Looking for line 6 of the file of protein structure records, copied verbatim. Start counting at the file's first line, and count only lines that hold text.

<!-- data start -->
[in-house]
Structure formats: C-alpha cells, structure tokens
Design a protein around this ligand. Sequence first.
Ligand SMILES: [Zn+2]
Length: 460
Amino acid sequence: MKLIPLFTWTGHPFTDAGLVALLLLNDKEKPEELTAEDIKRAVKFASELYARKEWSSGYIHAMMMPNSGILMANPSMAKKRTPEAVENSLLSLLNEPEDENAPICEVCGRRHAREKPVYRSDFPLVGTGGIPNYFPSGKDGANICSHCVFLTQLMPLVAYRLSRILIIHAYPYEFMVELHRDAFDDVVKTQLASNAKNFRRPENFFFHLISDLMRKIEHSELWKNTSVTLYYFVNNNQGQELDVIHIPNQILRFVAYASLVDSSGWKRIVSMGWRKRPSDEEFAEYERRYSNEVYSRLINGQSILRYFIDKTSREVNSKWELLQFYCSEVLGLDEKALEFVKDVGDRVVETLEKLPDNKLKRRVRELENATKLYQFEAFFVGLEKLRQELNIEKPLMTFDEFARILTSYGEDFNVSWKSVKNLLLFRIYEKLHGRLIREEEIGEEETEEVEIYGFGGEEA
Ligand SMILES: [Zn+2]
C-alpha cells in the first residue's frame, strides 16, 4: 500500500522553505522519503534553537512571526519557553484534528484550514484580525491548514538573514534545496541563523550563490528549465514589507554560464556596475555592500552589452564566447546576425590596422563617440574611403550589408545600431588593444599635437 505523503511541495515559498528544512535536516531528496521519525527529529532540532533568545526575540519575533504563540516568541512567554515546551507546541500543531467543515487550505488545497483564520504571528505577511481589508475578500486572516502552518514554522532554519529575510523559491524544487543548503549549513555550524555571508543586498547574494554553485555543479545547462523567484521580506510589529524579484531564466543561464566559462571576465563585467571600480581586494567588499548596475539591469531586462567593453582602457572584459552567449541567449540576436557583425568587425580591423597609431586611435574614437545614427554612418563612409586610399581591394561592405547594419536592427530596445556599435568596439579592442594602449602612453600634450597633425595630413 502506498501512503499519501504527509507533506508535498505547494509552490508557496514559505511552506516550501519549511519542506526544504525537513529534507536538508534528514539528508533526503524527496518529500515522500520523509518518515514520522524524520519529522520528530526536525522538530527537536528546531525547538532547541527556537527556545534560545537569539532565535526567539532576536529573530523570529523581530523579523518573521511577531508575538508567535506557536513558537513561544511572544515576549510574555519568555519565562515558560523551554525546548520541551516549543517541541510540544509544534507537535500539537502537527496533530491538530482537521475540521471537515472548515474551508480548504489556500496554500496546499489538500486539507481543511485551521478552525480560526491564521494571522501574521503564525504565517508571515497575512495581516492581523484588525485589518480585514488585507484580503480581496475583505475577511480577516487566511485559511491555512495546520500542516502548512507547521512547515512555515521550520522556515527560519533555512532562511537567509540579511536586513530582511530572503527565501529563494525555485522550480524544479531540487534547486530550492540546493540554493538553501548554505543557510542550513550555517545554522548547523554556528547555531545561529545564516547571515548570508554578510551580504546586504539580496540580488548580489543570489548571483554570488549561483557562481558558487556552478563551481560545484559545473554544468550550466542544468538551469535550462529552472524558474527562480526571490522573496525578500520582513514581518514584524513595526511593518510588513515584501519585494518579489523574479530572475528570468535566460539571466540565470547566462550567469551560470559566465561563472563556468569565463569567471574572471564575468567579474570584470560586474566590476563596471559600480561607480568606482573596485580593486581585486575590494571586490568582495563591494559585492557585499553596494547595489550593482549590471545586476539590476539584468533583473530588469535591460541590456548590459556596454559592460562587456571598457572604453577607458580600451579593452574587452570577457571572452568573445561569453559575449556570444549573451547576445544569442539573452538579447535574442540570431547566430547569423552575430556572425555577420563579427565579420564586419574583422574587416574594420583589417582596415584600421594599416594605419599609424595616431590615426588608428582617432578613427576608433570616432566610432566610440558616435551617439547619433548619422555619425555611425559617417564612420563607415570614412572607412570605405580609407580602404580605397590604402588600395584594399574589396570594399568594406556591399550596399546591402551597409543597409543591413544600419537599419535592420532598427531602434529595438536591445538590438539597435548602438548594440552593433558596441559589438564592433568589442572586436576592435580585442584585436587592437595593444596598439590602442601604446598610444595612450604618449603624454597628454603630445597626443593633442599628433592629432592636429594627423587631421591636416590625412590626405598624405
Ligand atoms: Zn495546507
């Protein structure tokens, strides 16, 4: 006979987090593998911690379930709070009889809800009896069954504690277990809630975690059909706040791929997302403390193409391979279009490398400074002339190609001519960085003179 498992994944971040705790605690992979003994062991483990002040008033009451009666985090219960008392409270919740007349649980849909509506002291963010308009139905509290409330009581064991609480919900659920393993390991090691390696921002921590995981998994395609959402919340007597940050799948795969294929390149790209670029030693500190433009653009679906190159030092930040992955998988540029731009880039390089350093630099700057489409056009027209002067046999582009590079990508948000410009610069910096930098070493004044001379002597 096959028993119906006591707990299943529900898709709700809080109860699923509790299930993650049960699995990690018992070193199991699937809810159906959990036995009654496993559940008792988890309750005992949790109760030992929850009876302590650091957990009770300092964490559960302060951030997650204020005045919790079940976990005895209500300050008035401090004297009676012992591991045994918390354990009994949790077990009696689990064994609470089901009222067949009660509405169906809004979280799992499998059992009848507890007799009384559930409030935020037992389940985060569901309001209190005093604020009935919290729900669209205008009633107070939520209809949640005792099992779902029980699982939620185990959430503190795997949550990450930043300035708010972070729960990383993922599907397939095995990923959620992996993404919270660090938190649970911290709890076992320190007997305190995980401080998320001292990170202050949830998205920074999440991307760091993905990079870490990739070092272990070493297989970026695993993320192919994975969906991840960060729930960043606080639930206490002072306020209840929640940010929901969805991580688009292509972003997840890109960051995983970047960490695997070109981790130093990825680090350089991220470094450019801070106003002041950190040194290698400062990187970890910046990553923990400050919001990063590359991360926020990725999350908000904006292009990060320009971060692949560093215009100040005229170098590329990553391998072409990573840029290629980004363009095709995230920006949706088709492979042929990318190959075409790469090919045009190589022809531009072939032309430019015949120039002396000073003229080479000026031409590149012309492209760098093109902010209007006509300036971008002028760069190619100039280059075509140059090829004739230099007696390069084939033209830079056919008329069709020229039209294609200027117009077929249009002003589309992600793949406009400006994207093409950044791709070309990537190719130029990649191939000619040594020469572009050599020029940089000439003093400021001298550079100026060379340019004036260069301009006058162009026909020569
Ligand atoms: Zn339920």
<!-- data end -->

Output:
Amino acid sequence: MKLIPLFTWTGHPFTDAGLVALLLLNDKEKPEELTAEDIKRAVKFASELYARKEWSSGYIHAMMMPNSGILMANPSMAKKRTPEAVENSLLSLLNEPEDENAPICEVCGRRHAREKPVYRSDFPLVGTGGIPNYFPSGKDGANICSHCVFLTQLMPLVAYRLSRILIIHAYPYEFMVELHRDAFDDVVKTQLASNAKNFRRPENFFFHLISDLMRKIEHSELWKNTSVTLYYFVNNNQGQELDVIHIPNQILRFVAYASLVDSSGWKRIVSMGWRKRPSDEEFAEYERRYSNEVYSRLINGQSILRYFIDKTSREVNSKWELLQFYCSEVLGLDEKALEFVKDVGDRVVETLEKLPDNKLKRRVRELENATKLYQFEAFFVGLEKLRQELNIEKPLMTFDEFARILTSYGEDFNVSWKSVKNLLLFRIYEKLHGRLIREEEIGEEETEEVEIYGFGGEEA